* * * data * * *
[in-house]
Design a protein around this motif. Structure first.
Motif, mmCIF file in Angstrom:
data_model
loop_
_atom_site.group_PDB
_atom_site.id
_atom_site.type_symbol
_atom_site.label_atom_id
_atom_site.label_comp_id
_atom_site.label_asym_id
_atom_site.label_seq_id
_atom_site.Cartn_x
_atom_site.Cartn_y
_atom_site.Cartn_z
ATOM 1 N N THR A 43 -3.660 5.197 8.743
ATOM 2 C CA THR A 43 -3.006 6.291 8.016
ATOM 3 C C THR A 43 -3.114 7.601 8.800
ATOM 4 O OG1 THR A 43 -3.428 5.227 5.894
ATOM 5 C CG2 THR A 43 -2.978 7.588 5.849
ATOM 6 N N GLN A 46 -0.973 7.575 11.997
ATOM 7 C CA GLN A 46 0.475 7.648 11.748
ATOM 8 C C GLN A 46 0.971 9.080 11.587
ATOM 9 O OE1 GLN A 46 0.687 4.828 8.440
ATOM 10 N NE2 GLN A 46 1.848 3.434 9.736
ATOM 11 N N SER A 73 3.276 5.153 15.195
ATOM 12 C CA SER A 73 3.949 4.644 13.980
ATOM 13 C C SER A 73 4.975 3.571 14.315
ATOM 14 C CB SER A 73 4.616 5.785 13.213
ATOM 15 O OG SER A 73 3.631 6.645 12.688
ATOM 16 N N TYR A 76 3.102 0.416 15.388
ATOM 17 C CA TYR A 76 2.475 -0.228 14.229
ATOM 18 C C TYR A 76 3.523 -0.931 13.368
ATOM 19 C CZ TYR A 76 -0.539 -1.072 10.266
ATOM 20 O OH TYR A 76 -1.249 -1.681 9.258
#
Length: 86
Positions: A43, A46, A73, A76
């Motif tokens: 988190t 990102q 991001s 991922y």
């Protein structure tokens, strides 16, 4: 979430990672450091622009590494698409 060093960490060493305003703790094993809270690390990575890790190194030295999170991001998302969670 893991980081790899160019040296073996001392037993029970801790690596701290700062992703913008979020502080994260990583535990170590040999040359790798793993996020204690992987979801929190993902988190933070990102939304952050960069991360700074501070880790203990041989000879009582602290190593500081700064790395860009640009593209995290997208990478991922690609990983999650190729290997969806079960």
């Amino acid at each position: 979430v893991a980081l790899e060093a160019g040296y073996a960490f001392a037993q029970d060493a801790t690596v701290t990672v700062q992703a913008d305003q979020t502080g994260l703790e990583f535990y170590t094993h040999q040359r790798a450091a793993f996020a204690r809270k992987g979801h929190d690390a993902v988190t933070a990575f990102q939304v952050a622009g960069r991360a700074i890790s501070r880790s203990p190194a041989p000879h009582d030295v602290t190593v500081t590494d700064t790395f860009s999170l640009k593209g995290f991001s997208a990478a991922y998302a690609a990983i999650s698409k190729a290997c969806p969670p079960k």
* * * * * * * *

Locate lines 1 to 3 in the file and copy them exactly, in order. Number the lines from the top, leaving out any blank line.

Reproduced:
[in-house]
Design a protein around this motif. Structure first.
Motif, mmCIF file in Angstrom: